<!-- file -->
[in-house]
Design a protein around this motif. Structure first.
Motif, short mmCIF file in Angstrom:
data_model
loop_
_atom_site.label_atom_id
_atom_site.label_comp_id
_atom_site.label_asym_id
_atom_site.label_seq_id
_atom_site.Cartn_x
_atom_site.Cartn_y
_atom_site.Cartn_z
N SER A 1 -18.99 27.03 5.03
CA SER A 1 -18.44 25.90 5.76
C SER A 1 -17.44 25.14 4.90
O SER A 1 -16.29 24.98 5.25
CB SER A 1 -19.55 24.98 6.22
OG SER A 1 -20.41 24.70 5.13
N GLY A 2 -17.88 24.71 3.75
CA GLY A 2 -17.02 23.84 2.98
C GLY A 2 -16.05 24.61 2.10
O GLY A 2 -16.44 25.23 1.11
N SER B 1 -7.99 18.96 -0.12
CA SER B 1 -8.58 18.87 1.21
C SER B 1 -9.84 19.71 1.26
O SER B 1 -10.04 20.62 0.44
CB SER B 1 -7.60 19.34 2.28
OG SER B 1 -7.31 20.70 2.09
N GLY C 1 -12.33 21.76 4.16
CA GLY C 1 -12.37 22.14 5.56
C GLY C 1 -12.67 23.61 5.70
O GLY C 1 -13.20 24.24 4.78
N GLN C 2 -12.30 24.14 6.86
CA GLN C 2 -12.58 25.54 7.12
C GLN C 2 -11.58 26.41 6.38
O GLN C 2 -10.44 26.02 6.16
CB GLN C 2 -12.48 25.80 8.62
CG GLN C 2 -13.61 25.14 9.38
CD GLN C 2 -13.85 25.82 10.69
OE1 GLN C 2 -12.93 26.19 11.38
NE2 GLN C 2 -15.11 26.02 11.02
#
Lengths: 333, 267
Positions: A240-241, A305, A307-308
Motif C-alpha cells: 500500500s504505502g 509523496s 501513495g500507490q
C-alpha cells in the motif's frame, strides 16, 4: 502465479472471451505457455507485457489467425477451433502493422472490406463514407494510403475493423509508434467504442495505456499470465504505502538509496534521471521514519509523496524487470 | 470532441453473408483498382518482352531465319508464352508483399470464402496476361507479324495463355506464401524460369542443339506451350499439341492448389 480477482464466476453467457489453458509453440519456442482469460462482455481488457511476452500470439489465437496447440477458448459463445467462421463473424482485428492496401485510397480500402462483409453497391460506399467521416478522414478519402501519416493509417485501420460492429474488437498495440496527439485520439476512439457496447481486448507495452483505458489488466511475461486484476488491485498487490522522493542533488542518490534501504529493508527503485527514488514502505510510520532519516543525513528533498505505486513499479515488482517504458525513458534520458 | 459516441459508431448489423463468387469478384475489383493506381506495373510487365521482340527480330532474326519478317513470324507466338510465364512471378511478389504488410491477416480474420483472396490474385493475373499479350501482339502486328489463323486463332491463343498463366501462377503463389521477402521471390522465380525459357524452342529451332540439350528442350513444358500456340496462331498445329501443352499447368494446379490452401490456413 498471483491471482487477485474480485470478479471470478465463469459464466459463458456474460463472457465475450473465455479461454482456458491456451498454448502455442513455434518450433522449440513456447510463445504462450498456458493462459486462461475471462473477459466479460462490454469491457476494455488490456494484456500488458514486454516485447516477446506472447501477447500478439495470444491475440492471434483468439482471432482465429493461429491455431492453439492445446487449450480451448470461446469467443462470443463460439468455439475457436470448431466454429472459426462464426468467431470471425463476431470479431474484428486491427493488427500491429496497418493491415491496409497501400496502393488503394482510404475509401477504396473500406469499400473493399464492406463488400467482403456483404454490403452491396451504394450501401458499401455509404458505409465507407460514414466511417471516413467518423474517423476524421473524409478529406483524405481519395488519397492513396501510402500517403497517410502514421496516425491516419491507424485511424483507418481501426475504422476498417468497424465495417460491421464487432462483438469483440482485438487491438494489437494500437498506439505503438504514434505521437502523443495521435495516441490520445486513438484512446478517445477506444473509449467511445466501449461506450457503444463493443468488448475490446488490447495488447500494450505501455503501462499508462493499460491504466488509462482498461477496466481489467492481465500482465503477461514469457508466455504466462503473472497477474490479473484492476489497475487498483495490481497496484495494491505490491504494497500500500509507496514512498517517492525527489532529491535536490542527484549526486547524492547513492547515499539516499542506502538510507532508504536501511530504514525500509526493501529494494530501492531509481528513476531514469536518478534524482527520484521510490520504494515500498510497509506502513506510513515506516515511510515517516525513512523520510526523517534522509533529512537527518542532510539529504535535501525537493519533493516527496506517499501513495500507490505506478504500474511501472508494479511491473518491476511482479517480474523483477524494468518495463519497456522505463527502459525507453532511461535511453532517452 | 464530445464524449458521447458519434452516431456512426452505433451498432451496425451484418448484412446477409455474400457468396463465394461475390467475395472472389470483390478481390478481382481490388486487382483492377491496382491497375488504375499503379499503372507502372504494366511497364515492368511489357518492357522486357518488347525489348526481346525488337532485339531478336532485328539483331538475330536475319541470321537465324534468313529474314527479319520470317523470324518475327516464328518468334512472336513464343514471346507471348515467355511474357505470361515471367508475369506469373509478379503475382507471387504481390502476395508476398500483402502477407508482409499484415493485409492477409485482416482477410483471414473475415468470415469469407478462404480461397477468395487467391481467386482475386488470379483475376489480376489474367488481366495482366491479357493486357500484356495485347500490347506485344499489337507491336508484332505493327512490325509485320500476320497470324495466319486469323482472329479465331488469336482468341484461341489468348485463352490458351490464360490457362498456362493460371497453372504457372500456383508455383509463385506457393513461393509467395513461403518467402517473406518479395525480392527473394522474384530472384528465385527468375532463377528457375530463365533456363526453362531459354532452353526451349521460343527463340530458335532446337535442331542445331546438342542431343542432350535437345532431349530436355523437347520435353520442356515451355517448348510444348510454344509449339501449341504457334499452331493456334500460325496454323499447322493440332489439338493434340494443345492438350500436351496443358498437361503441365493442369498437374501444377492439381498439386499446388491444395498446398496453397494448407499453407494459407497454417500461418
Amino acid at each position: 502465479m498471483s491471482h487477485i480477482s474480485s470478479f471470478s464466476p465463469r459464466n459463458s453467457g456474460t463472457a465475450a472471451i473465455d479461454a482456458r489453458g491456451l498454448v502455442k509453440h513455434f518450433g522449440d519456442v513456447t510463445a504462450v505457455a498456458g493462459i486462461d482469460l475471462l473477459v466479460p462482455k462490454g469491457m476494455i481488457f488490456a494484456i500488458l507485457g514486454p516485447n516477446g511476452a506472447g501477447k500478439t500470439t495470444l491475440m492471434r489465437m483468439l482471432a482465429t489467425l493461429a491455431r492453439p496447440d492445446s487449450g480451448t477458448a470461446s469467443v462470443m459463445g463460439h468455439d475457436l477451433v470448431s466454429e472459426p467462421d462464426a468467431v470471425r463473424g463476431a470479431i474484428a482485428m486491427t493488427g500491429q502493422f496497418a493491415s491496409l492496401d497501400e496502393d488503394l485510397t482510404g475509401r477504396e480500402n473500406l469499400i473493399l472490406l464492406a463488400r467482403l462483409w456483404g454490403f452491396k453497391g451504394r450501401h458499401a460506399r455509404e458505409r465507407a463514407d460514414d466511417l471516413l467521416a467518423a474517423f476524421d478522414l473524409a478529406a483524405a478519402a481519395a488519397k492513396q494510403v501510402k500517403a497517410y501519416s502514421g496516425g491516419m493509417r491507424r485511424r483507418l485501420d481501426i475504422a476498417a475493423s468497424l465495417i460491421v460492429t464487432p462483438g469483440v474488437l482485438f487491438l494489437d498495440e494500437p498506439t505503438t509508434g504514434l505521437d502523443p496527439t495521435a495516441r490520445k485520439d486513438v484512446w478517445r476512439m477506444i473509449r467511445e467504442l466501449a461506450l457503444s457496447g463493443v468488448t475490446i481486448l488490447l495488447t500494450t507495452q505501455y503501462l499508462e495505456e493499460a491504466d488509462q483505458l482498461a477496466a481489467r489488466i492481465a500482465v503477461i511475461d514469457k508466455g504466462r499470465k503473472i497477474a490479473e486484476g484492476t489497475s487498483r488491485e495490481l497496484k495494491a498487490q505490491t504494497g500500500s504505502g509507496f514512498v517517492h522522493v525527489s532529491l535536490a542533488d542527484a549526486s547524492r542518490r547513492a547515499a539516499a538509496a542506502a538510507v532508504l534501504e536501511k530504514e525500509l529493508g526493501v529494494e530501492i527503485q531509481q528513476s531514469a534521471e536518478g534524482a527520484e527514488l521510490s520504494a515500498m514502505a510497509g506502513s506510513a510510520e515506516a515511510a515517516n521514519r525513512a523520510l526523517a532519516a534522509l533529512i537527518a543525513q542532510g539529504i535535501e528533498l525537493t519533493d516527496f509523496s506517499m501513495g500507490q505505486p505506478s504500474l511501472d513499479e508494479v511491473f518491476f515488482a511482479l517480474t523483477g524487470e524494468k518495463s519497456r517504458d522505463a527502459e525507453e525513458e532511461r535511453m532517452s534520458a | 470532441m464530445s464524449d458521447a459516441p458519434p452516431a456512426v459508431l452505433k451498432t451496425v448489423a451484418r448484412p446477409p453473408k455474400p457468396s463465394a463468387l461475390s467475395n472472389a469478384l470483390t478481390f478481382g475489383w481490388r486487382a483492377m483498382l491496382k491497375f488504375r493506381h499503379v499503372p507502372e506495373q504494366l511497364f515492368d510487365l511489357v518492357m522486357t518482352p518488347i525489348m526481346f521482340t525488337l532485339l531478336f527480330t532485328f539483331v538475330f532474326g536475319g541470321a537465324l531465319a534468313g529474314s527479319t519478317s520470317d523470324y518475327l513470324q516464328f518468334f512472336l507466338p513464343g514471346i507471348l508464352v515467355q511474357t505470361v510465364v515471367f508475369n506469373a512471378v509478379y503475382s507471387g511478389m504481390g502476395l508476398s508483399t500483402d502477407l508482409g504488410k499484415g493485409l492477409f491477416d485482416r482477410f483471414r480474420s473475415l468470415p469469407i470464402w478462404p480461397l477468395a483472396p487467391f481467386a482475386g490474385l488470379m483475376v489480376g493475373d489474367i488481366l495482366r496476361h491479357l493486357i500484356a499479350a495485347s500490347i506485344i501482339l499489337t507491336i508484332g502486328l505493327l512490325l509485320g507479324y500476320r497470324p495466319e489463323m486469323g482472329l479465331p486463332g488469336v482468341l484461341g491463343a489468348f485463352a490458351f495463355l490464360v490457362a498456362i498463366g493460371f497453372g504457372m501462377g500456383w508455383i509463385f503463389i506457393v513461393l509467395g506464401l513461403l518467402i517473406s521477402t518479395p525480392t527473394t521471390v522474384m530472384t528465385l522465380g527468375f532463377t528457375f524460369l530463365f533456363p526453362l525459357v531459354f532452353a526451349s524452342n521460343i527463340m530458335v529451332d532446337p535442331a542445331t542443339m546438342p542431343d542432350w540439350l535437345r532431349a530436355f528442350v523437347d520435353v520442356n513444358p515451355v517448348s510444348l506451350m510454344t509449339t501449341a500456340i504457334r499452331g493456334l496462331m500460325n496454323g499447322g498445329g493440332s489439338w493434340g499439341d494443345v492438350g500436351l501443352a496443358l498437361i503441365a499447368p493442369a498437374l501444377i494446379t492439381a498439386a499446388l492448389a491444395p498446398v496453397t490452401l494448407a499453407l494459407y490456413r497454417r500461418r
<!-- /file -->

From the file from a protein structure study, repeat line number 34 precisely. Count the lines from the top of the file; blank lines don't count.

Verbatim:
CA GLN C 2 -12.58 25.54 7.12